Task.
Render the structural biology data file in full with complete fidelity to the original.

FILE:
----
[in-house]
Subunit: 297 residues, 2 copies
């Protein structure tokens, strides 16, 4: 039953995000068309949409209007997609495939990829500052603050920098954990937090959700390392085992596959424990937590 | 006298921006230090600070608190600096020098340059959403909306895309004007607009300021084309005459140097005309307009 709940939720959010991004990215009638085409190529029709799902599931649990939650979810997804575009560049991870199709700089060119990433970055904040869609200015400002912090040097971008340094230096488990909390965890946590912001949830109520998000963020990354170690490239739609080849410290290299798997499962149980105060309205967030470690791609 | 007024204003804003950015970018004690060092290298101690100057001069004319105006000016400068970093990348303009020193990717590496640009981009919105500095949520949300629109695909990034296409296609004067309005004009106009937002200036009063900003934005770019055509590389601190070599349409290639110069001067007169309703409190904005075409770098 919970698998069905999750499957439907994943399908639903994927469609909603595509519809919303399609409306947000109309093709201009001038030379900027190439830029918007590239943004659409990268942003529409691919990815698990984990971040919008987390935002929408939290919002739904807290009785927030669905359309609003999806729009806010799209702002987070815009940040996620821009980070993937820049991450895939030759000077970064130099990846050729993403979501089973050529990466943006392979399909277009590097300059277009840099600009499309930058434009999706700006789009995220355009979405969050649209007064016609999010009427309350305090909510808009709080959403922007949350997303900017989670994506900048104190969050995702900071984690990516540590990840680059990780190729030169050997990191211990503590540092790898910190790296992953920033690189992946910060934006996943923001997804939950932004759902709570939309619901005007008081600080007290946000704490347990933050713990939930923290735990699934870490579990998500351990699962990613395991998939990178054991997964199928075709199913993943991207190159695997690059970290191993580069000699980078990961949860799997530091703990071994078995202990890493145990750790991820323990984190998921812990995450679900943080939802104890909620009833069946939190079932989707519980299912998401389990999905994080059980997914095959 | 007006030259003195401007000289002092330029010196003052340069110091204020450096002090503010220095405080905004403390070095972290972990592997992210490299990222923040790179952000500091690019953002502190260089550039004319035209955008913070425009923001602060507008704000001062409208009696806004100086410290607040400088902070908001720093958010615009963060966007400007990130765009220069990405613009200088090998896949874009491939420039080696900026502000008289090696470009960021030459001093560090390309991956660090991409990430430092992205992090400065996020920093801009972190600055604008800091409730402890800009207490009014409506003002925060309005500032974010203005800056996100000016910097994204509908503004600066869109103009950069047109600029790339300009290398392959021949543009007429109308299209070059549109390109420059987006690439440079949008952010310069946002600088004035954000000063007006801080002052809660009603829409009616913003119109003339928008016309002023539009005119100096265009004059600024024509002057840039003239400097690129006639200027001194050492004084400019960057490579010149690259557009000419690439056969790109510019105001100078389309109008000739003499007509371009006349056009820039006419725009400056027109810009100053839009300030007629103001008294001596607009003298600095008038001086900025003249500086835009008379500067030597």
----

[in-house]
Subunit: 297 residues, 2 copies
């Protein structure tokens, strides 16, 4: 039953995000068309949409209007997609495939990829500052603050920098954990937090959700390392085992596959424990937590 | 006298921006230090600070608190600096020098340059959403909306895309004007607009300021084309005459140097005309307009 709940939720959010991004990215009638085409190529029709799902599931649990939650979810997804575009560049991870199709700089060119990433970055904040869609200015400002912090040097971008340094230096488990909390965890946590912001949830109520998000963020990354170690490239739609080849410290290299798997499962149980105060309205967030470690791609 | 007024204003804003950015970018004690060092290298101690100057001069004319105006000016400068970093990348303009020193990717590496640009981009919105500095949520949300629109695909990034296409296609004067309005004009106009937002200036009063900003934005770019055509590389601190070599349409290639110069001067007169309703409190904005075409770098 919970698998069905999750499957439907994943399908639903994927469609909603595509519809919303399609409306947000109309093709201009001038030379900027190439830029918007590239943004659409990268942003529409691919990815698990984990971040919008987390935002929408939290919002739904807290009785927030669905359309609003999806729009806010799209702002987070815009940040996620821009980070993937820049991450895939030759000077970064130099990846050729993403979501089973050529990466943006392979399909277009590097300059277009840099600009499309930058434009999706700006789009995220355009979405969050649209007064016609999010009427309350305090909510808009709080959403922007949350997303900017989670994506900048104190969050995702900071984690990516540590990840680059990780190729030169050997990191211990503590540092790898910190790296992953920033690189992946910060934006996943923001997804939950932004759902709570939309619901005007008081600080007290946000704490347990933050713990939930923290735990699934870490579990998500351990699962990613395991998939990178054991997964199928075709199913993943991207190159695997690059970290191993580069000699980078990961949860799997530091703990071994078995202990890493145990750790991820323990984190998921812990995450679900943080939802104890909620009833069946939190079932989707519980299912998401389990999905994080059980997914095959 | 007006030259003195401007000289002092330029010196003052340069110091204020450096002090503010220095405080905004403390070095972290972990592997992210490299990222923040790179952000500091690019953002502190260089550039004319035209955008913070425009923001602060507008704000001062409208009696806004100086410290607040400088902070908001720093958010615009963060966007400007990130765009220069990405613009200088090998896949874009491939420039080696900026502000008289090696470009960021030459001093560090390309991956660090991409990430430092992205992090400065996020920093801009972190600055604008800091409730402890800009207490009014409506003002925060309005500032974010203005800056996100000016910097994204509908503004600066869109103009950069047109600029790339300009290398392959021949543009007429109308299209070059549109390109420059987006690439440079949008952010310069946002600088004035954000000063007006801080002052809660009603829409009616913003119109003339928008016309002023539009005119100096265009004059600024024509002057840039003239400097690129006639200027001194050492004084400019960057490579010149690259557009000419690439056969790109510019105001100078389309109008000739003499007509371009006349056009820039006419725009400056027109810009100053839009300030007629103001008294001596607009003298600095008038001086900025003249500086835009008379500067030597």